Some downtown Mobile streets could have fewer lanes, which would leave more room for improvements to make them more bike and pedestrian friendly, according to a multi-modal study commissioned by the Mobile Metropolitan Planning Organization.

After spending a week studying traffic flow, intersections and roadways, experts with Toole Design Group presented proposed improvements during a public meeting Thursday evening.

Hannah Pritchard, a traffic engineer with Toole, said traffic studies indicate that of the major streets studied in the downtown area, only Government Street would benefit from additional lanes for traffic. The portion of Government Street from Broad Street to the Bankhead Tunnel sees average daily traffic, ADT, around 20,000 vehicles.

“Government Street may need a few more lanes than it has now,” Pritchard said.

Water Street wasn’t part of the study, as the city is working with another group tasked with studying it.

As an example of streets that are overbuilt, Pritchard started with Canal Street. Despite being designed for for as many as 15,000 cars a day, Canal only receives an ADT of around 5,000 vehicles. This number equals about one car every 12 seconds.

During rush hour traffic, Canal only sees about 500 cars.

“Canal has seven lanes,” Pritchard said. “Even if traffic doubled it wouldn’t need seven lanes.”

Broad Street sees an ADT of 12,000 to 17,000, while Beauregard sees around 8,000 to 9,000 vehicles a day and Dauphin sees 3,500 per day.
City Traffic Engineer Jennifer White said the streets in question that are considered overbuilt now, were developed when downtown was a busy place and those streets had to support more vehicles.

Ken Ray, a landscape architect with Toole, gave the group ideas to focus on when it comes to bike infrastructure. For example, Ray brought up the idea of installing separated bike lanes, along many of the main arteries downtown, which are wide enough to support them.

“Separate bike lanes reduce the number of conflicts, as opposed to standard bike lanes,” he said,

For narrower, one-way streets, bike boulevards, or lanes of slower traffic designated for bikes, could be used.

A good way to install more bike lanes would be through “road diet,” or reducing the number of lanes, on streets, like Broad, Canal and Beauregard streets, Ray said. He used Broad Street, which is 74 feet from curb to curb, as an example. He suggested taking one lane from each side and turning them into bike lanes.

“There are a lot of lanes to work with,” Ray said. “The roads are overbuilt for what traffic you have.”

Canal Street, as another example, could be reduced to three lanes and could leave room for roadside design of a linear park with pedestrian and bike lane space.

Other suggested changes, which could help downtown become more multi-modal, involve the direction of traffic, Ray said. For instance, he suggested making the downtown portion of Dauphin Street a two-way street. He added that Lawrence, Franklin, Warren and Dearborn streets would also be good candidates for two-way traffic, as they’re wide enough to support it.

Some of those streets, even with two-way traffic, would be wide enough for on-street parking that could alternate from block to block.

John Dempsey, another landscape architect with Toole, told the crowd of several ideas that could improve the area’s intersections. For instance, he suggested straighting the intersection at Broad and Canal. The move would create a linear park on the south edge.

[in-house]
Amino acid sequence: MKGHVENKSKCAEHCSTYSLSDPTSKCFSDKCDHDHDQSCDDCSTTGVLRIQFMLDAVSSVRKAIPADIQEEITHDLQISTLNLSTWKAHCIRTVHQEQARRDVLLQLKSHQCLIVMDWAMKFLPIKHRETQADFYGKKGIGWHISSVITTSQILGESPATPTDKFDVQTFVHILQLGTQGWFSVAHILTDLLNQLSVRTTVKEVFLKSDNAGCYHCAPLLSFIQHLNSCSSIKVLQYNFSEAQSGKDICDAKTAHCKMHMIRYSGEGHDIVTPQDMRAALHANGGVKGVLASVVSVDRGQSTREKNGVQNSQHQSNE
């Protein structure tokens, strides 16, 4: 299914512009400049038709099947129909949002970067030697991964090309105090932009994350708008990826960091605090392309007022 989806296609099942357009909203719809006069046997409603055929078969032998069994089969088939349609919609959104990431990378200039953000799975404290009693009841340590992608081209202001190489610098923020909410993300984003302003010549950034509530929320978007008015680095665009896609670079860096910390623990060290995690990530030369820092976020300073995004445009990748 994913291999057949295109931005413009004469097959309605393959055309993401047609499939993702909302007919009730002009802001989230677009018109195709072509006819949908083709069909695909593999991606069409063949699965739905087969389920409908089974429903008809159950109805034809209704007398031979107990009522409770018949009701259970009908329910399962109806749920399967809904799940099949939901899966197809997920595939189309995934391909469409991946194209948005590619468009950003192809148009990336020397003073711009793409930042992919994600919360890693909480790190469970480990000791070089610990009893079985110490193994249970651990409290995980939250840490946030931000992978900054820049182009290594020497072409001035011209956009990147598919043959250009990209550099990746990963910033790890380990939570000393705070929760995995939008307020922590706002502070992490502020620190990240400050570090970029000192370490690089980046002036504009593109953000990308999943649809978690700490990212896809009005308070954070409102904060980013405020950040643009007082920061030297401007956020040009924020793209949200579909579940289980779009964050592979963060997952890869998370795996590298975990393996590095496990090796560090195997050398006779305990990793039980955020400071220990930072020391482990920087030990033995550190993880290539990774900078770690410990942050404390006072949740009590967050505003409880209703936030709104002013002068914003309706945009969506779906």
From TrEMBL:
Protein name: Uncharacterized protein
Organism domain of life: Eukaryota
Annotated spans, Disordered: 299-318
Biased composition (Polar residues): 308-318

Dempsey also suggested roundabouts at several downtown intersections, including Springhill at Broad. He also suggested closing off State Street near Unity Point Park to make it a “bigger amenity.”

The intersection of Dauphin and Broad would be another candidate for a roundabout-style concept, he said. Springhill from St. Francis to Dauphin could become a shared space concept, he said, where bikes, pedestrians and motorists “mingle together.”

As part of the concept, the street would be raised to sidewalk level and paved with bricks, he said. Similar street concepts have been successful in Asheville, N.C., Boston and London.

Project Manager Ernie Boughman, Toole’s southeast regional director, said the next steps in the process include a cost analysis, which will help the city and MPO prioritize projects and more meetings with stakeholders.

Boughman also said the group would spend a month testing the design further and analyze them from an engineering standpoint, but added they all work, according to traffic models.

Boughman also gave information on a Transportation Investment Generating Economic Recovery, or TIGER grant, the city would be applying for early next month.

The $13.6 million federal grant and $6.9 million local and state match would fund a $20.5 million project to make Broad Street and “complete street,” he said.

“This grant is highly competitive,” Boughman said. “This year there is $500 million set aside and there will be applications for 100 times that.”

The project would start at the intersection of Broad and Water streets and would run to Broad at Baker, near Interstate 10. The project would include improvements like bike lanes and pedestrian walkways and would link residents to “ladders of opportunity, or jobs at the Brookley Aeroplex, the port authority and the central business district, Boughman said.

The TIGER grant application is due by Saturday, June 6.

“We’ll keep our fingers crossed and hope for the best,” he said.

White said overall she was pleased with the plan and said the ideas would tie in well to the ideas to improve Water Street.